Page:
Growing Class Sizes: A Cause For Concern?

Numbers Of New Pupils At Breaking Point

The Local Government Association (LGA) have warned that the cost of creating places for the additional 880,000 extra pupils expected in England by 2023 could lead many schools to a tipping point. Annual official figures from 2014 revealed that more super-size primary schools and infant classes had overrun legal limits on the number of students and that 77 primary schools had a student body of more than 800 pupils (Department for Education, 2014a). The LGA has highlighted the lack of space and funding required to extend schools further, and the resulting effect this will have on the availability of school places. They have estimated that the predicted costs for creating these extra places will be in the region of £12 billion, and official government figures project that by 2023 there will be at least eight million students in England’s schools; an extra million in comparison to current figures (Department for Education, 2014b).

Quality of Education

There is a clear concern regarding the impact that larger classes will have on the quality of teaching and learning within lessons. With upwards of thirty pupils to manage at any given time, many teachers have reported feeling overwhelmed and unable to offer the same standard of education as they would with smaller classes. Educators may not have time to develop the same individual relationships with all students, some pupils may feel too intimidated to ask questions or participate in discussions in a larger class, preparation and marking of assignments will obviously take longer than usual, and an increase in low level disruption may be evident as teachers try and engage, enthuse and challenge over 30 students.

The research appears to support such concerns. Studies on the effects of class size on student academic achievement suggest that there is a definite positive impact when students are taught in smaller groups. One study by Nye, Hedges and Konstantopoulos (2000) found that the benefits of a smaller class size were applicable to all students and schools, and this benefit was large enough to be of importance to educational policy. The long-term effects were also noted by Fredriksson, Ockert and Oosterbeek (2013) in their evaluation of the correlation between class size in the last three years of primary school and the benefits on cognitive and non-cognitive ability at age 13. The research found that smaller classes led to improved achievement at age 16, higher rates of completed education, and an increase in wages between the ages of 27 and 42.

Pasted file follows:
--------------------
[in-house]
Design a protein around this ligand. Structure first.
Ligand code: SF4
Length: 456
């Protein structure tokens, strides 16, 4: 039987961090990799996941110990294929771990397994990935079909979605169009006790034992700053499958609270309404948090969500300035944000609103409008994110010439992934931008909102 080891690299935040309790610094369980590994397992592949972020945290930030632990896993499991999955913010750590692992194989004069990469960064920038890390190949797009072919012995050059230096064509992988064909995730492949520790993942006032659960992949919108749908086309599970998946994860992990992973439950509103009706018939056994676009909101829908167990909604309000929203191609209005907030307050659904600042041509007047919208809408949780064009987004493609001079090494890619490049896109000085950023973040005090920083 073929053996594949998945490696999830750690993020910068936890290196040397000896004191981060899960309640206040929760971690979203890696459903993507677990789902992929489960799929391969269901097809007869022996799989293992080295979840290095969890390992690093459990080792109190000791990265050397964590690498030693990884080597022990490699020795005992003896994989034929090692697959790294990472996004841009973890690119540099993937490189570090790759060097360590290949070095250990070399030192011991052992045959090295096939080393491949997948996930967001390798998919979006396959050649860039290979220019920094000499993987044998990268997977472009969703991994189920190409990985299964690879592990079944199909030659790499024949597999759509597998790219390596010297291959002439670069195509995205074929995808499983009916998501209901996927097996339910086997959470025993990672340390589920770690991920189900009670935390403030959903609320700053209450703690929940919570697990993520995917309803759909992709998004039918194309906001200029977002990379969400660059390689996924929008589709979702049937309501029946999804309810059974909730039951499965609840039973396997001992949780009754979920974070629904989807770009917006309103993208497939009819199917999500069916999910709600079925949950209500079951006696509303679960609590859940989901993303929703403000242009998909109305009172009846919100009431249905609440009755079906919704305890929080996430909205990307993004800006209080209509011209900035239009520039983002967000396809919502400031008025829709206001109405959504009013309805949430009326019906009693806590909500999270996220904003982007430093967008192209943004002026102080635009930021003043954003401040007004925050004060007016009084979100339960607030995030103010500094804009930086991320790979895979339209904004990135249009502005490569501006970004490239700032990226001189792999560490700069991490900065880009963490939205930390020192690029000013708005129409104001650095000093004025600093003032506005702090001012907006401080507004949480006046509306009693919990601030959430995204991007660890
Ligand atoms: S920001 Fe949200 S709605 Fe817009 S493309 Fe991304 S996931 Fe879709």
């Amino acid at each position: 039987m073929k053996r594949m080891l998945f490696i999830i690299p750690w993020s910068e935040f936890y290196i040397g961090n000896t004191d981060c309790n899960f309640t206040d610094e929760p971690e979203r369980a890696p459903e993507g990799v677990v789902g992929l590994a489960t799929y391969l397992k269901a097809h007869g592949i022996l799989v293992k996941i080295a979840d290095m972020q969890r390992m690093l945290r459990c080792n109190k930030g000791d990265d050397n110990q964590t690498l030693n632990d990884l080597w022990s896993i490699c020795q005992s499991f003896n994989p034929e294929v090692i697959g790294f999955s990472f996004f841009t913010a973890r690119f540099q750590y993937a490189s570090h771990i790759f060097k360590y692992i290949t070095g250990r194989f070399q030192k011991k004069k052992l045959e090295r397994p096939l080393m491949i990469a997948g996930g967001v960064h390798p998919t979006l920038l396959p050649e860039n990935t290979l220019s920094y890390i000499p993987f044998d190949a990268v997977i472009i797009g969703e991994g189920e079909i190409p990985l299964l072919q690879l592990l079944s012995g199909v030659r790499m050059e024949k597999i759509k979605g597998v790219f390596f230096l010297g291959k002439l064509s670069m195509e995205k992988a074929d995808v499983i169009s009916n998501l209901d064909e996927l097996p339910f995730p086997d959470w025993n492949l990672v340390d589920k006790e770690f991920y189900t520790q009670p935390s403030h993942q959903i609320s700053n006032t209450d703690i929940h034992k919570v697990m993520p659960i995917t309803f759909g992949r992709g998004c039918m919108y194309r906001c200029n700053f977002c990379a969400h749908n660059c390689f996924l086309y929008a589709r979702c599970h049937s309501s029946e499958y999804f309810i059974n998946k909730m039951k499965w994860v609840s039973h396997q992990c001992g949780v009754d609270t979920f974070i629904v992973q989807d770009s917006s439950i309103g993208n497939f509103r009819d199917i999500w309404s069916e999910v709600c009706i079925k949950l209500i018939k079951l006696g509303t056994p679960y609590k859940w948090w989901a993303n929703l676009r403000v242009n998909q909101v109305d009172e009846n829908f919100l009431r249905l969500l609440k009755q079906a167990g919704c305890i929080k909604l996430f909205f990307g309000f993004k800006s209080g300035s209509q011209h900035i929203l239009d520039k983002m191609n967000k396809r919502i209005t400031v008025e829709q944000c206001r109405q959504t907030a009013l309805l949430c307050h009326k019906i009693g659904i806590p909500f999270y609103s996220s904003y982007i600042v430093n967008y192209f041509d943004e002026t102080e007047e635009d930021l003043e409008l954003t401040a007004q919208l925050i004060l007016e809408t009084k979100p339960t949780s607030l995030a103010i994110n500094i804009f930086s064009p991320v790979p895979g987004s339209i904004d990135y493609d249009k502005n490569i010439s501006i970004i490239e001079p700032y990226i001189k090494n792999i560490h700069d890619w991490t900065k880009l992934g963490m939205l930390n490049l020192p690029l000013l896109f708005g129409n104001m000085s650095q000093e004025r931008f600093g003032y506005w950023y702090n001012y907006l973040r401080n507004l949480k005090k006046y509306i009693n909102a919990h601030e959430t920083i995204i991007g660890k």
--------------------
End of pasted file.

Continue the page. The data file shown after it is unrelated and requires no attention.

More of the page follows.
The Wider Impact

January saw the deadline for applications to primary schools for over 370,000 new students. Although councils have stated they are doing everything they can do ensure there are places for every child, many schools have admitted they are already over capacity with lessons taking place in makeshift classrooms and with difficult to manage class sizes. This can add to the already stressful experience that parents face when trying to secure a place for their child. Gone are the days when children simply attended the primary school closest to the family home. Although the local authorities allocate places as fairly as possible (siblings tend to be offered a place, for example), if the near by schools are over subscribed these days, parents and children can face a long commute in the mornings to school. Many young couples planning to start a family must now take into account the availability of local schools, or face having to move house in the future. House prices in locality of good state schools have increased significantly in response, with research by estate agents showing a premium of up to 16.6 per cent for homes near the top schools (Knight Frank, 2014). This additional amount can add to the already expensive cost of education and put extra pressure on families.

Dealing With A Larger Class

Alongside additional funding from central government, the LGA has argued for councils to be given the authority to open new schools in order to meet a growing local need. The government has suggested that part of the solution will come from the creation of academies and free schools, which should provide over 200,000 new places across England. However, this will only be a temporary and incomplete measure. In the meantime, many teachers will still be faced with a growing problem.

UNESCO (2006) released a free downloadable resource full of practical teaching tips for large classes, which many educators will find useful. The guide contains useful recommendations on organising the physical classroom environment to maximise space, using psycho-social tools to make a large class feel smaller, techniques to build better relationships with individual students, involving students as class assistants or peer teachers, dealing with potentially shy students in group or classroom discussions, managing pupil behaviour, effective lesson planning and structure, and managing assignments and homework.



Photo: Moaksey

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